With clock ticking, Cavaliers need to make things right
Random stuff on the Cavaliers as they head into their first meeting of the season vs. LeBron James and the Heat:
• Yes, it's still too early to panic, but that's mostly because the rest of the Eastern Conference (sans the Pacers and Heat) stinks. But our focus is on the Cavs, and this much we know: What we've seen for the majority of this early season is unacceptable.
• I can't figure out if the Cavs lack talent, are still too young or have zero chemistry. I actually hope it's the third option -- because that is the one thing that can be quickly overcome. And the Cavs have some quick overcoming to do.
• Prior to the season, several members of the Cavs' brass cautioned not to overdo it in terms of expectations. The Cavs have a new coach in Mike Brown and lots of new faces. Also, key members such as Kyrie Irving, Dion Waiters and Tristan Thompson are still in just their second or third years. But no one expected the Cavs to win 60 games. Win 40-ish and compete on a regular basis? I don't think that's asking too much, considering the changes to improve the team.
• And if that's too lofty … well, tough. This is pro sports. You don't get a decade to make things better. As one NBA executive told me (not specifically about the Cavs), "Anyone can say they're gonna be good six years from now." Again, this isn't unfair. Even general manager Chris Grant will likely tell you he expects more than what this team is giving.
• Fans have been throwing some serious criticism in Grant's direction, especially given the early struggles of No. 1 overall draft pick Anthony Bennett (more on him in a minute). Also, one national website held a poll of GMs, who said they felt Grant would be the first among their peers to be let go.
• After three years of finishing last in the Central Division, and a change of coaches, Grant is the only one who fans have left to blame. But all of that truly is an overreaction. Give the man, and this team, a little more time (like, the rest of the season) before calling for his job.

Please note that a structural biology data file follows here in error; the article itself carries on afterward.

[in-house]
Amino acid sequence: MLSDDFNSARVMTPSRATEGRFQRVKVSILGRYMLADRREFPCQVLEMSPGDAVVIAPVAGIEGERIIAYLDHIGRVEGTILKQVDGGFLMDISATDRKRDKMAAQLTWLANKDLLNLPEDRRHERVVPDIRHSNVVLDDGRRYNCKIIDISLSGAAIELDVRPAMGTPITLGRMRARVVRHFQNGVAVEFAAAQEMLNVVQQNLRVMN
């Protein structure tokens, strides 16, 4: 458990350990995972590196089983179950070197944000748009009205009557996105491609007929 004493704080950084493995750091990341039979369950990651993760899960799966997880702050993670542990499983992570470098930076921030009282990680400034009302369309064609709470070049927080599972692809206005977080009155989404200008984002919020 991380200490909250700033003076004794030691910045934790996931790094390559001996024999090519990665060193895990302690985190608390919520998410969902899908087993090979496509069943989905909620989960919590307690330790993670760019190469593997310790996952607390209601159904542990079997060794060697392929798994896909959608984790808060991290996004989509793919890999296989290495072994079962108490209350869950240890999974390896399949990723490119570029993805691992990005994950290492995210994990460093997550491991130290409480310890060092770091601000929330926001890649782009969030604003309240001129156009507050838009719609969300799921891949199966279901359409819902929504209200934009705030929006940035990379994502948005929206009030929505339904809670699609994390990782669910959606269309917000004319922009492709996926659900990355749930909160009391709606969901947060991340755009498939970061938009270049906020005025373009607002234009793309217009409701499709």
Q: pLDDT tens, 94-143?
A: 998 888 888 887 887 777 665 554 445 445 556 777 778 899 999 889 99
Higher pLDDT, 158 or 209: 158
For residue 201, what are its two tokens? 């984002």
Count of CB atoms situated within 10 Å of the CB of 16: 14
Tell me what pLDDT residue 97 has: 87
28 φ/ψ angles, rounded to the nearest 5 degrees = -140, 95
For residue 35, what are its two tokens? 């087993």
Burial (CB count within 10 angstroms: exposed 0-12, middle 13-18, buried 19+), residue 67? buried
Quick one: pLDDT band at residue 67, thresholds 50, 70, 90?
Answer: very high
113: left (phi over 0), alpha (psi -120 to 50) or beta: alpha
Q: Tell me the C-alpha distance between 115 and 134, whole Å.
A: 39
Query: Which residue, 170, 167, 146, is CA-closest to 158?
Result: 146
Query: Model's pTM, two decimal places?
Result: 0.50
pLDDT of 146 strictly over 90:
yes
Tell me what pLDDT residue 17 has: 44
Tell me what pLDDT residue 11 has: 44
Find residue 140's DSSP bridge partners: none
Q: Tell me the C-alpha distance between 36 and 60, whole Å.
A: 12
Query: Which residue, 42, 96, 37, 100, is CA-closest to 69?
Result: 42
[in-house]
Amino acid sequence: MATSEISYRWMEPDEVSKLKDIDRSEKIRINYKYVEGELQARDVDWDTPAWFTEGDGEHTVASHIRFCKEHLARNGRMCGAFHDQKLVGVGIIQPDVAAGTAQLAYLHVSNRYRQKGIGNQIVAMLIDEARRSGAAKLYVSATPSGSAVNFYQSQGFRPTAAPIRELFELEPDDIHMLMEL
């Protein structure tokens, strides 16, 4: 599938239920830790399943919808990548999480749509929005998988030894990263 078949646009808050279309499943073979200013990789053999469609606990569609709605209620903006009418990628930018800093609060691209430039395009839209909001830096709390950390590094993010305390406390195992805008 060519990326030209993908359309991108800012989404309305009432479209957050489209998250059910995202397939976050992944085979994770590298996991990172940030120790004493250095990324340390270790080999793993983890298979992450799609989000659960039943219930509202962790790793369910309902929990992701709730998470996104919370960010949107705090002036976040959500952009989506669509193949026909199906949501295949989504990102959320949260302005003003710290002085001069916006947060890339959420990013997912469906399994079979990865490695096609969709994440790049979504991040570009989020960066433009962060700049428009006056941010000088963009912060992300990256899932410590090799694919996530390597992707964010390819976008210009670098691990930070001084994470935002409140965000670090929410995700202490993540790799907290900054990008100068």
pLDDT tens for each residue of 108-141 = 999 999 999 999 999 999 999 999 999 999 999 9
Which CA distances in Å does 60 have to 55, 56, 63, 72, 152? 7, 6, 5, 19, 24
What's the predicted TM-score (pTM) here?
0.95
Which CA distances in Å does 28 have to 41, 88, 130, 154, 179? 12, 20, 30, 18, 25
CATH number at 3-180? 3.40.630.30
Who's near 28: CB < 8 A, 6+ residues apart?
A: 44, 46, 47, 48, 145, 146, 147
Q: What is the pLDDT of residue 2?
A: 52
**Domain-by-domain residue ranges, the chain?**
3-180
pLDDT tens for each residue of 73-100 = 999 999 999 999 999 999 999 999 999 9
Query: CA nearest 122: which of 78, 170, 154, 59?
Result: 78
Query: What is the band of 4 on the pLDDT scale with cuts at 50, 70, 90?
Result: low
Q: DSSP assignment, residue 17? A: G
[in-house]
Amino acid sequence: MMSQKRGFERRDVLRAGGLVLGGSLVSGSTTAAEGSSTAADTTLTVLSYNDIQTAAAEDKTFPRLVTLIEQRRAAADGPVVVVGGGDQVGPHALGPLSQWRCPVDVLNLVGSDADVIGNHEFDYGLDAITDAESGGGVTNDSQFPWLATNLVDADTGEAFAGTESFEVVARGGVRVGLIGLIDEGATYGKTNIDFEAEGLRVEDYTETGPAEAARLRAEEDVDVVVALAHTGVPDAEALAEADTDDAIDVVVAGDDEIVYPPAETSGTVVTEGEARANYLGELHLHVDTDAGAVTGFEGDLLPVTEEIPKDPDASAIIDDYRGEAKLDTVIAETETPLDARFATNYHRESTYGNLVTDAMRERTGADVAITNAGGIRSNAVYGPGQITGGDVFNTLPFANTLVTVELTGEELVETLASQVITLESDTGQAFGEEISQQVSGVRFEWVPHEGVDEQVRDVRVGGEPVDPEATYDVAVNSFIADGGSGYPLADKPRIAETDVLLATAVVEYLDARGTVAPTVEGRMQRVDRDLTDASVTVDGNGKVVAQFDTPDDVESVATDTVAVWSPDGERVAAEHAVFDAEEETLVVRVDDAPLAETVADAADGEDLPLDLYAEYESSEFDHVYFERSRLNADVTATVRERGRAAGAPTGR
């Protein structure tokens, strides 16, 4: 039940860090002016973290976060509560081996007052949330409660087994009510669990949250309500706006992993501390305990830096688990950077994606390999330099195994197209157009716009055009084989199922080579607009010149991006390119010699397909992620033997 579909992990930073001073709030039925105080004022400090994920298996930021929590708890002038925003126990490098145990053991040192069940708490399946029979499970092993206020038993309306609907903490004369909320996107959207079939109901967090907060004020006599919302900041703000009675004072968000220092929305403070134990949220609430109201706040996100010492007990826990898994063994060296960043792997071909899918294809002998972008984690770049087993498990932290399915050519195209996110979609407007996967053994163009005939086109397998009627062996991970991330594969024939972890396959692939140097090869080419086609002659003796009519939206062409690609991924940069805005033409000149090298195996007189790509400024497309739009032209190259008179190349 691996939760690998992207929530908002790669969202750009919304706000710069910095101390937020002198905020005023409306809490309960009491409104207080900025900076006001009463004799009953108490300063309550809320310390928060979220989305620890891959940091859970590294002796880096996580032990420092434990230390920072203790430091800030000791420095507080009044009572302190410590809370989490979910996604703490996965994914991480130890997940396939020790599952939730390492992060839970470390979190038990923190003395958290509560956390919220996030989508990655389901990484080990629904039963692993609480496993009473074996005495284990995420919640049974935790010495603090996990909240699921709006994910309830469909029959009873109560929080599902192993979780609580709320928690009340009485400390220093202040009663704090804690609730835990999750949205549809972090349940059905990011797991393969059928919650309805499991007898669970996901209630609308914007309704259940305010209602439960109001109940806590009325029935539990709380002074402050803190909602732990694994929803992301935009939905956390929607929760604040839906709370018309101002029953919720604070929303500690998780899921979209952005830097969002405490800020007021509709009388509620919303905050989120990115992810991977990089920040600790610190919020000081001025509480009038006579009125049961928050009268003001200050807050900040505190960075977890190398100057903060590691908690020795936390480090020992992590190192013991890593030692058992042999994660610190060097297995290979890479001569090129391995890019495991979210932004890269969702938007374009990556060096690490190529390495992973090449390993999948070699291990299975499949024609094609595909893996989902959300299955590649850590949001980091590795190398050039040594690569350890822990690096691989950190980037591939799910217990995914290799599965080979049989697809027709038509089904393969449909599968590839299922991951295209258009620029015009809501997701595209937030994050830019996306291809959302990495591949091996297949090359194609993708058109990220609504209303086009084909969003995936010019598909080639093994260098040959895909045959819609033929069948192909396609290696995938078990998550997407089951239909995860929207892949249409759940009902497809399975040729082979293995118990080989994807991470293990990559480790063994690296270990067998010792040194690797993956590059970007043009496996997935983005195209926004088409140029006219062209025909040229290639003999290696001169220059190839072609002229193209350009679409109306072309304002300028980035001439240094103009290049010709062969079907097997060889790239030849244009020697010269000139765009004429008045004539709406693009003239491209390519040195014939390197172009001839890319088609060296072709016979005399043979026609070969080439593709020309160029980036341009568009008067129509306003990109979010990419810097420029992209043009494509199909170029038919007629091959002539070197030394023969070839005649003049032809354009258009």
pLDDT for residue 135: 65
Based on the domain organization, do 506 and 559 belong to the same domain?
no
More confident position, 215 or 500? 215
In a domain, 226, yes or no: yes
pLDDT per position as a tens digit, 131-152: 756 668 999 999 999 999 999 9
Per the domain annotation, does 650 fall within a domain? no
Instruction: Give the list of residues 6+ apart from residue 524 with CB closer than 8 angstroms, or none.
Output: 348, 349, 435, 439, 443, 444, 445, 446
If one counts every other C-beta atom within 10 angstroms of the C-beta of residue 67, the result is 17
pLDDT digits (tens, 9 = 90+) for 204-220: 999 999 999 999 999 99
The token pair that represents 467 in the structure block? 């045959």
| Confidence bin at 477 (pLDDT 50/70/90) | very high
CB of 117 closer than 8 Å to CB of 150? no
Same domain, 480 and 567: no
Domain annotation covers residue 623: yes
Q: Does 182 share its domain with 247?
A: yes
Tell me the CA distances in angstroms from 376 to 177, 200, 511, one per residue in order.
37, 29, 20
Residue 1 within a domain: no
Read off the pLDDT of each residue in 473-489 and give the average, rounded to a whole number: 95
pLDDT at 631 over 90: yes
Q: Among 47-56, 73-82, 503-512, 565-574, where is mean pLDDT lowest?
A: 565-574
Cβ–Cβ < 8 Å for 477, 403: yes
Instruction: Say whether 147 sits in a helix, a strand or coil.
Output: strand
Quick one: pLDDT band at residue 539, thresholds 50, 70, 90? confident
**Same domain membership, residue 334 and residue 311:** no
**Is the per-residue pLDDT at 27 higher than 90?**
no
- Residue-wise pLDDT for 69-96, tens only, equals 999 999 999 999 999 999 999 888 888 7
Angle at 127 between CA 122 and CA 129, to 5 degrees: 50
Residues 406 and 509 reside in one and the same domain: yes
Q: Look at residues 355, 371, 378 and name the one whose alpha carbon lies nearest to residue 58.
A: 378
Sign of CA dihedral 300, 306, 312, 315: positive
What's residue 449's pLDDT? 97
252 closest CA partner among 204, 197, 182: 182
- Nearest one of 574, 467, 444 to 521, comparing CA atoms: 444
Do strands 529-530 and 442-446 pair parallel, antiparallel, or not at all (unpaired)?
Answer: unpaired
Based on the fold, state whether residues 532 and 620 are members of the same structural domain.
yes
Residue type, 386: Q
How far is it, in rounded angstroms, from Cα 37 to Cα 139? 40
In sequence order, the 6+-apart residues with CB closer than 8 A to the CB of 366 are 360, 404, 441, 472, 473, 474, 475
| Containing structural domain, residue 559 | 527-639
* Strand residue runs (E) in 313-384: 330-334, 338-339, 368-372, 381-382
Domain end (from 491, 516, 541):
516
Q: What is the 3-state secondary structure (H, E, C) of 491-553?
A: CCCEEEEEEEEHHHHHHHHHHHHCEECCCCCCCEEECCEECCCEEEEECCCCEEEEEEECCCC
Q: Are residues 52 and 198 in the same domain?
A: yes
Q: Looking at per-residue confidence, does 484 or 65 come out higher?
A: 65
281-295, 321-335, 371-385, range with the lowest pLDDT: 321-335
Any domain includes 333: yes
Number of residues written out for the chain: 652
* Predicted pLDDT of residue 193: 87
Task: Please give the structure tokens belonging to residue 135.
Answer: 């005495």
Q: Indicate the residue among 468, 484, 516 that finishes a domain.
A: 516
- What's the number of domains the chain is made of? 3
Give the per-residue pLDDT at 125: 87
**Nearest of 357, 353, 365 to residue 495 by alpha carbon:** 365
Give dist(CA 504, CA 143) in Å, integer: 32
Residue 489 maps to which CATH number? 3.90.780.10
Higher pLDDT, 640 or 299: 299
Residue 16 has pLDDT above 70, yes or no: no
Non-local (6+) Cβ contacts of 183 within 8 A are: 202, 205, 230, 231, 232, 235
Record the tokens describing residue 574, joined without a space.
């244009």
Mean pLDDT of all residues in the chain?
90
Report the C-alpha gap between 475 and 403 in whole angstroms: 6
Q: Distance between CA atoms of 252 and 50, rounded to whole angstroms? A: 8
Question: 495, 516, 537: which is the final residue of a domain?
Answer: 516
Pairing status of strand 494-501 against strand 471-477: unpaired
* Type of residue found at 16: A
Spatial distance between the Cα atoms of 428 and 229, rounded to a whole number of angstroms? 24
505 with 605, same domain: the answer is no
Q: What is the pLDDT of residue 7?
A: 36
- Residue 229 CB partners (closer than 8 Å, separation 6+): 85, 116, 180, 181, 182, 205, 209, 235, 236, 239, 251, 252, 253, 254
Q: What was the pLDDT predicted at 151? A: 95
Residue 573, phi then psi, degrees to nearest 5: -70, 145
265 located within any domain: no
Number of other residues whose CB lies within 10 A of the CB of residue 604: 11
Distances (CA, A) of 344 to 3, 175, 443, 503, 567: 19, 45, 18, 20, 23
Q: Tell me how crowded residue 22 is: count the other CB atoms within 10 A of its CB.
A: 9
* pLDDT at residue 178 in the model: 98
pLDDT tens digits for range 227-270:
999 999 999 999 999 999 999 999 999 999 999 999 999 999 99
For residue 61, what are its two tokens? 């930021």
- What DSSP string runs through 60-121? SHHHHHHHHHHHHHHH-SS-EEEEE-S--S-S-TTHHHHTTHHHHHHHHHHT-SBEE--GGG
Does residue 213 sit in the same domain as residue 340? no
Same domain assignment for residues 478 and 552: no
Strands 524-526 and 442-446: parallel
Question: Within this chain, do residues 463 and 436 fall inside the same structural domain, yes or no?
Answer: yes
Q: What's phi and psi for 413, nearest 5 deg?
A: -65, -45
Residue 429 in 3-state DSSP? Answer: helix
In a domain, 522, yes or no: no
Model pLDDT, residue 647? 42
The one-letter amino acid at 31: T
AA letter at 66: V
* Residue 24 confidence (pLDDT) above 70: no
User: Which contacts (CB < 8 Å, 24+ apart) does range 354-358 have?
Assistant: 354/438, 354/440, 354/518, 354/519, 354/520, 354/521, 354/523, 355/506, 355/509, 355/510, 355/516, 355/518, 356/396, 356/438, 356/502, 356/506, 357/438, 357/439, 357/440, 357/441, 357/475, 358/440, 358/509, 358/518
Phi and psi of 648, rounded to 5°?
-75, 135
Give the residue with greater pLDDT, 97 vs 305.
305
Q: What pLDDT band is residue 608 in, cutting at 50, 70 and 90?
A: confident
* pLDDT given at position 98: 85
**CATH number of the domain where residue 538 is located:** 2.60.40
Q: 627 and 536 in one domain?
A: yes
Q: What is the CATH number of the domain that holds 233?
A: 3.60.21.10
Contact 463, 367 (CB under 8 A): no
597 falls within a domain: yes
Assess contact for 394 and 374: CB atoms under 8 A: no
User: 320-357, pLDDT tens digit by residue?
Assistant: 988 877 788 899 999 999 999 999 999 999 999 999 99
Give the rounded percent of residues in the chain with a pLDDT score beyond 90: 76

• No one ever made a movie about a team that plows through the opposition without a hiccup, right? Right. Instead, Hollywood focuses on stories about conquering adversity, about sticking with it and seeing things through after all seemed lost.
• Not really sure why I threw that in there. Maybe just to help you feel a little better. Maybe to help you realize that, hey, things aren't always as bad as they seem. Or maybe just because it sounded good. I don't really know.
• I'm constantly asked two things on Twitter and in my chats, and I'd like to put them to rest right now: 1. No, the Cavs aren't getting rid of Brown this season -- regardless of how it unfolds. So get that thought out of your head; 2. No, the Bulls aren't going to surrender and just hand Luol Deng or Jimmy Butler to the Cavs after the latest Derrick Rose injury. Teams are extremely reluctant to trade within their own conference, much less their own division. Besides that, the Bulls are a playoff team even without Rose. A team source told me they have no interest in playing the draft lottery.